Kentucky Living Home

Co-op guy

By Paul Wesslund from August 2014 Issue

Co-op  guy

Credit: Tim Webb

Bill Corum, retiring president and CEO of the Kentucky Association of Electric Cooperatives, speaks at this summer's Inter-County Energy Co-op annual meeting in Danville.

If you made up a story about a guy to represent electric co-ops in Kentucky, you'd make up Bill Corum.

He grew up in Brandenburg, not far from the boyhood farmstead of J.K. Smith, the co-op legend who founded and headed the Kentucky Association of Electric Cooperatives in 1948, and then founded and headed a national financial organization for electric co-ops.

Bill's first job was digging holes and setting poles for Brandenburg-based Meade County Rural Electric Co-op.

He married his high-school sweetheart, Pam. They live next to her mother, whose house has a historical marker in front, noting its use as the headquarters for Morgan's Raiders in the Civil War.

Around Brandenburg you see his name as city council member on the old wastewater treatment plant. And on a more recent sign at the entrance to the Bill Corum Industrial Park.

Last month he retired as president and CEO of the Kentucky Association of Electric Cooperatives, 43 years after his first day at the Meade County co-op.

To really understand Bill's story, you need to know a bit about co-ops.

A co-op is a business like any other, except the owners are the users of the product or service. In the case of electric co-ops, that means the people who buy the electricity own the utility. Co-ops around the world follow a long-established set of seven principles that include democratic control, open membership, and concern for the community.

Concern for the community has defined Bill's career since his first job at Meade County Rural Electric Co-op in 1965. Whether it's the community of Brandenburg, or the state and national community of electric co-ops, he has brought a serious, head-on approach to solving tough business problems. And yet somehow he tackles those tough issues with a sunny, respectful friendliness that makes you want to spend time with him.

Over the years he brought those personal traits to community public service: as a member of the Brandenburg City Council; chairman of the Brandenburg/Meade County Industrial Development Authority; chairman of the Lincoln Trail Development District; president of the Kentucky 4-H Council.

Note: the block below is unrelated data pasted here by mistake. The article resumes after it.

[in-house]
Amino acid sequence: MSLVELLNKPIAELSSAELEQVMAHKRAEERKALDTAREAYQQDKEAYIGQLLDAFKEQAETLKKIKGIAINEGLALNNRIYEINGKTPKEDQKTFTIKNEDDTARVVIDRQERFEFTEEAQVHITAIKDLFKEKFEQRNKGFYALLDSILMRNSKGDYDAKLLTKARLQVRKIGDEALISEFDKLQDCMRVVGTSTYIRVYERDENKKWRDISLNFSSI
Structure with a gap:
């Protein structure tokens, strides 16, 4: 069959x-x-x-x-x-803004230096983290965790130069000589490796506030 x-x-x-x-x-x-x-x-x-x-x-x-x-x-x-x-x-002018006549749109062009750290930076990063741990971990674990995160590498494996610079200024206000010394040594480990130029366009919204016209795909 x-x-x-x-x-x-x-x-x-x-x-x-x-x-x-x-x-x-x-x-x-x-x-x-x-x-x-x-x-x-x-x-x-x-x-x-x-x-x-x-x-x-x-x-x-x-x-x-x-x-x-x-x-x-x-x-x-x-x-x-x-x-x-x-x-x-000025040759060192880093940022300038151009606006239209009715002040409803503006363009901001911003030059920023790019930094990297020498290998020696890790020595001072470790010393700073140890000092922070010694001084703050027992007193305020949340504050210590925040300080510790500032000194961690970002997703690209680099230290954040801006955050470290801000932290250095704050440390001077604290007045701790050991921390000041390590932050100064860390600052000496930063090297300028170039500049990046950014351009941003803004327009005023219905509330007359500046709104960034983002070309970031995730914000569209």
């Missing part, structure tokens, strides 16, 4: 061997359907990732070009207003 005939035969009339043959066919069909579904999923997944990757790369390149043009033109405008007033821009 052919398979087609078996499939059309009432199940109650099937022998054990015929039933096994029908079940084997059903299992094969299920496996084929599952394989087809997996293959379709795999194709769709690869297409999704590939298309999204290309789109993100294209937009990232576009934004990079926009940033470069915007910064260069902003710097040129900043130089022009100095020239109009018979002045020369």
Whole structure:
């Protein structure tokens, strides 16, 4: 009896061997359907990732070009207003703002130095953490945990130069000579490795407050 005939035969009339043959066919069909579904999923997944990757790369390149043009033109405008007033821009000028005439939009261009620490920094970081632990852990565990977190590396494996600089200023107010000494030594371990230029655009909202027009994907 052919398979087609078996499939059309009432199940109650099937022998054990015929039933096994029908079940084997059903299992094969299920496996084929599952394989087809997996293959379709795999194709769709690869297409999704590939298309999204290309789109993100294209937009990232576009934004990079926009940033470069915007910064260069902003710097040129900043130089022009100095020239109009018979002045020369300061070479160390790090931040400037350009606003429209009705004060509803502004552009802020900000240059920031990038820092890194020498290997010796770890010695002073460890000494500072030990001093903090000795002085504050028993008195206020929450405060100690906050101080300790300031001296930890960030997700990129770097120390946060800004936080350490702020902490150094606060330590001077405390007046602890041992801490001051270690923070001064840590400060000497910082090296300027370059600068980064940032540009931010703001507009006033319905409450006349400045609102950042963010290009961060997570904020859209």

In his career with Meade County Rural Electric Co-op, he kept moving up through a variety of jobs, heading areas from operations to customer service. He chaired state and national electric co-op customer service professional groups.

In 2001, I drove to Brandenburg to interview Bill for his retirement after 30 years with Meade County Rural Electric Co-op. I wrote a profile that quoted him saying, "I'm certainly not retiring. I'm too active for that. You haven't seen the last of me."

True to his word, he answered a recruitment call to return to co-ops in 2002, overseeing the transformer manufacturing operation at the Kentucky Association of Electric Co-ops in Louisville.

In the 1950s, the growing electric co-op industry often found itself taken advantage of by larger businesses, including electric transformer vendors. So KAEC set up its own assembly line. Over the decades, as worldwide economies changed, manufacturing and marketing operations needed to be updated to stay competitive.

Bill rolled up his sleeves and entered that world, managing change that ranged from modernizing facilities to monitoring world commodity prices of copper and aluminum.

In 2010, the KAEC board hired Bill to head the association. For the next four years he directed state and federal legislative contact, as well as being the chief spokesman and coordinator for the 26 local, not-for-profit co-ops that provide electricity for 2 million Kentuckians. He made a priority of elevating electric safety to an everyday, top-of-the-mind concern for co-ops across the state. He believed strongly in Kentucky Living magazine as a way to keep co-op members in touch with their co-ops, and knowledgeable about their responsibilities as co-op owners.

When Bill told his wife he would retire in January of this year, Pam wouldn't allow it—until he visited all the co-op annual meetings one last time. Through the summer, Kentucky's electric co-ops hold their local membership meetings, offering members a mix of business reports, entertainment, and socializing. At many of those, Bill is asked to give a 5-minute report from the statewide perspective.

So what was his message on this farewell tour?

He congratulated and thanked the members of these local co-ops for their participation in a unique business enterprise that helps improve the quality of life for everyone in their community.

If you made up a concluding speech for Bill Corum's career, of course it would be about cooperation and community at a co-op annual meeting.